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Marvel Noir — Where Spider-Man has a gun.
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Marvel Noir is a 2009/2010 Marvel Comics alternative continuity combining elements of film noir and pulp fiction with the Marvel Universe. The central premise of the mini-series replaces superpowers with driven, noir-flavored characterization. The reality of Marvel Noir is Earth-90214.

A universe where local counterparts of Earth-616 superhumans debuted in the 1920s and 1930s. Most superpowers are mainly unknown or nonexistent at this point, though with the certain exceptions of few, such as Spider-Man (who received his powers from a mystical "Spider God"), Black Cat, and Daredevil.

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Comics in the setting:

  • Daredevil Noir (2009)
  • Iron Man Noir (2010)
  • Luke Cage: Noir (2009-2010)
  • Punisher: Noir (2009-2010)
  • Spider-Man: Noir (2009)
    • Spider-Man Noir: Eyes Without a Face (2010)
    • Spider-Man Noir (2020)
  • Weapon X Noir (2010)
  • Wolverine Noir (2009)
  • X-Men Noir (2009)
    • X-Men Noir: Mark of Cain (2010)

Deadpool Pulp is commonly considered part of the series as it set at a similar time period and created by authors who worked on other Noir series.


These comics provide examples of:

  • Academy of Evil: Xavier's School for Exceptionally Wayward Youth in X-Men: Noir is a reform school... but Professor X teaches his students how to be better criminals rather than actually reforming them. He insists this is a ploy to gain their trust so they will gradually open up to him and therapy can begin in earnest. In reality, he is developing and studying them to prove his theory that sociopathy is the next stage of human behavioral evolution.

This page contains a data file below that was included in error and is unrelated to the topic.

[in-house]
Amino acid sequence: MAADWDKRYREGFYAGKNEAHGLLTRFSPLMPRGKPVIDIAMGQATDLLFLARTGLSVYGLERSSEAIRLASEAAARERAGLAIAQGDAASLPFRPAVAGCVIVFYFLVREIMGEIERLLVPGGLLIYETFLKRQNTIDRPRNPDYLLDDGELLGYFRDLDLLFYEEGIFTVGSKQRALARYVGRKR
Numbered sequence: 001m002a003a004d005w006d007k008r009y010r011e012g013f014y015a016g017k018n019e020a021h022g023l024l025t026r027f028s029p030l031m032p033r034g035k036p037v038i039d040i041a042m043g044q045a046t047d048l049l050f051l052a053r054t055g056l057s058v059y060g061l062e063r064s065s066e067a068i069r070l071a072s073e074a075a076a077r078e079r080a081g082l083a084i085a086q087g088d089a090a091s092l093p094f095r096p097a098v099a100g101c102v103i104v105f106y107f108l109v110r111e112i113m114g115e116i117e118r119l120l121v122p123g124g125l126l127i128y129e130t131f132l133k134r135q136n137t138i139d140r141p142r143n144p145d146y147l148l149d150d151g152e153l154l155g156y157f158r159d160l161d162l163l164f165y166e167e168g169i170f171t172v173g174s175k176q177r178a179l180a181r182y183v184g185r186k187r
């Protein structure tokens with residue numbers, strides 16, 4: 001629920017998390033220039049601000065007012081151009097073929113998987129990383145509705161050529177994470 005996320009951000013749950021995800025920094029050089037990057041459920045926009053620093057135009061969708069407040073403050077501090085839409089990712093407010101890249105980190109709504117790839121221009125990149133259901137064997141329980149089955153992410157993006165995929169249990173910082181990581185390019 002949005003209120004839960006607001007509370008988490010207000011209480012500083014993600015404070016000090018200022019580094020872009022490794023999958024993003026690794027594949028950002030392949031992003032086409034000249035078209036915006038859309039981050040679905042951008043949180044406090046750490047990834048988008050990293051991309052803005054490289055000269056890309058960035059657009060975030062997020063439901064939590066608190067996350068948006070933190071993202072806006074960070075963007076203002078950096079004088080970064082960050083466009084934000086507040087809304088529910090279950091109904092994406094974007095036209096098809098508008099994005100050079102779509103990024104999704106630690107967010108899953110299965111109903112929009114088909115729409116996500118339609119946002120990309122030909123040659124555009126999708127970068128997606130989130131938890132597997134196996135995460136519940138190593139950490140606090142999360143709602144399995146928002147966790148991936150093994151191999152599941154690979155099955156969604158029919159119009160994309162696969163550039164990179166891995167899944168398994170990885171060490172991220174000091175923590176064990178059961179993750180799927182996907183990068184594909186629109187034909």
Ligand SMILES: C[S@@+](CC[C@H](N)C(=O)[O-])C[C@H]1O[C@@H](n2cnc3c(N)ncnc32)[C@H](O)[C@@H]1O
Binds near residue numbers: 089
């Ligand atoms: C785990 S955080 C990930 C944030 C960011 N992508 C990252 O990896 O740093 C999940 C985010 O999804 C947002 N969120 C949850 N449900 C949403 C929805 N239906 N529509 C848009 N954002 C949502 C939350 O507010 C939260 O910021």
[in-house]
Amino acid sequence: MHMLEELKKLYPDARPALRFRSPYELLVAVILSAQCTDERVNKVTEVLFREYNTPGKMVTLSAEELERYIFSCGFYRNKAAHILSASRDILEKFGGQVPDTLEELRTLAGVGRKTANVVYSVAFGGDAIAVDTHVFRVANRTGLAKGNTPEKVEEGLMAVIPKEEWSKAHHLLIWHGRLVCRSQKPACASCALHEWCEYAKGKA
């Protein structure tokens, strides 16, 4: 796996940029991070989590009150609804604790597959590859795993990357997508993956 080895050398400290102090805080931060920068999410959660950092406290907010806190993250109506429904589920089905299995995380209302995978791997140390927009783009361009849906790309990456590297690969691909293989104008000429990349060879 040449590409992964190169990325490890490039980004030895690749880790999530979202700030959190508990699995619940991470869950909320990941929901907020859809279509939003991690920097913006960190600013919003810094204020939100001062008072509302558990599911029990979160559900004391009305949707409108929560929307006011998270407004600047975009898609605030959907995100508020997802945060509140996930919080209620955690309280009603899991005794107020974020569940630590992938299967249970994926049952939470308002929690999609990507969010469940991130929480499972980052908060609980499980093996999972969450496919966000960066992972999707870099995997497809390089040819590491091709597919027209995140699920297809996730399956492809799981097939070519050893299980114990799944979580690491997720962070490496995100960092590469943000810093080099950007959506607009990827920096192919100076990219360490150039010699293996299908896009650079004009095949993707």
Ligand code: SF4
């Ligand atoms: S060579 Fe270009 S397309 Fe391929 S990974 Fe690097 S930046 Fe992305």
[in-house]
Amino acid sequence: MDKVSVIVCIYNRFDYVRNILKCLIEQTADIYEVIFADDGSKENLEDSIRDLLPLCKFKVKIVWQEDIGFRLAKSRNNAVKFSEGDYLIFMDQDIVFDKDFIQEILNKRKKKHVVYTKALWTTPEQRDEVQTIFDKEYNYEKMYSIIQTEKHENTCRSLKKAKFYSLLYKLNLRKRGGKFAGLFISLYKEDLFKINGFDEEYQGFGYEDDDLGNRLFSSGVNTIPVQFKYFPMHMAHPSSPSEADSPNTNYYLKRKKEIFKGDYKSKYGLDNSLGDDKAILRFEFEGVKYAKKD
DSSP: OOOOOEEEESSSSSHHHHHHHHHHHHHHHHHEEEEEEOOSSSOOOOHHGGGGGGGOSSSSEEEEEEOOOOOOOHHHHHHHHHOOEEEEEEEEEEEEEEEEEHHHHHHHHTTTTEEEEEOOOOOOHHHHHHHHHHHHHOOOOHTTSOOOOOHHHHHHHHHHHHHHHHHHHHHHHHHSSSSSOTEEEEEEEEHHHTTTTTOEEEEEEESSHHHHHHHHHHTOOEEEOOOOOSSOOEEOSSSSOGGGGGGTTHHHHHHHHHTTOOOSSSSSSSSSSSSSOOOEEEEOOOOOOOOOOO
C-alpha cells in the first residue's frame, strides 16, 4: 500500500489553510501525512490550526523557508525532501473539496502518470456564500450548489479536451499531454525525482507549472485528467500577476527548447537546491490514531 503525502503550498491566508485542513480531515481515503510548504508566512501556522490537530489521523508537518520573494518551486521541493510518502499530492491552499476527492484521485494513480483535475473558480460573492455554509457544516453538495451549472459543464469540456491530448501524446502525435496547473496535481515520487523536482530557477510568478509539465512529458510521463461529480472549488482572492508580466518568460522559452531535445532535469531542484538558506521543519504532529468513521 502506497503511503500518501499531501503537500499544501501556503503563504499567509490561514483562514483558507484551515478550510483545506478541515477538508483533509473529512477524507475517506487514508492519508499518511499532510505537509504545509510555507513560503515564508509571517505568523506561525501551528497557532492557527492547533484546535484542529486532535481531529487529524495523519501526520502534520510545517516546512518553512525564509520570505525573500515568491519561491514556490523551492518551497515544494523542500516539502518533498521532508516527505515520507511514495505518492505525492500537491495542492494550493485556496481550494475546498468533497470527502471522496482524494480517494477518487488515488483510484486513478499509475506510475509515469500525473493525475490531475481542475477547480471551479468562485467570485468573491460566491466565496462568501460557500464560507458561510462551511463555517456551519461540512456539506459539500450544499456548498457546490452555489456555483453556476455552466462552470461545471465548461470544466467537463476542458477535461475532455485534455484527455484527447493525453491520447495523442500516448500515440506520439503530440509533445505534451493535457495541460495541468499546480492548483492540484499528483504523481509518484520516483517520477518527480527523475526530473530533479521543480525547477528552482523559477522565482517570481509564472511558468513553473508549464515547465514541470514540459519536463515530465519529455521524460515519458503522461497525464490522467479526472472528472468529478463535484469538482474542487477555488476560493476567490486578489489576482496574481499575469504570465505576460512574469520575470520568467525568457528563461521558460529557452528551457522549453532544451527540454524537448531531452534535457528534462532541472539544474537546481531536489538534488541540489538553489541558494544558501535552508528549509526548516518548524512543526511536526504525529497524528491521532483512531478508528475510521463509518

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  • Adaptation Species Change: In X-Men Noir, the X-Men are not mutants, but human criminals who thanks to discredited psychiatrist Charles Xavier believe sociopathy is "the next state in human behavioral evolution". In the same universe, Namor is a normal man who cut his ears into the shape of a shark's fins and Thor wasn't a Physical God but a unnamed Norwegian man who ferociously protected a castle he found from the Nazis with a hammer, "as if he were some Norse God on Earth".
  • Adaptational Villainy: A few cases, most notably X-Men Noir, who, in this timeline, aren't mutants, but sociopaths — and Jean Grey killed Rogue. Professor X himself is the Big Bad of the sequel miniseries.
    • In Wolverine Noir, the Big Bad is Rose, from Wolvie's mini Origin.
    • In Iron Man Noir, it turns out in this universe Baron Zemo is Tony's father Howard Stark. Now, mainstream comics Howard isn't the nicest guy to begin with, but he certainly isn't an agent of Hydra. There's also Madame Masque, whom is a Tragic Villain in the mainstream comics thanks to her scarred face and emotional abuse from her father Count Nefaria, but in Iron Man Noir she lacks that Freudian Excuse and is just a cruel Bitch in Sheep's Clothing before even getting disfigured.
  • Big Applesauce: Poverty and crime are at an all-time peak — Aunt May mentions in one of her speeches that there are 13,000,000 unemployed people (it's unclear if she was talking about the U.S.A. or just New York), crimes such as arson, murder and drug trade are an everyday fact, police and authorities are corrupt, and several people are Driven to Suicide. It says something when the last stand of moral integrity is The Daily Bugle.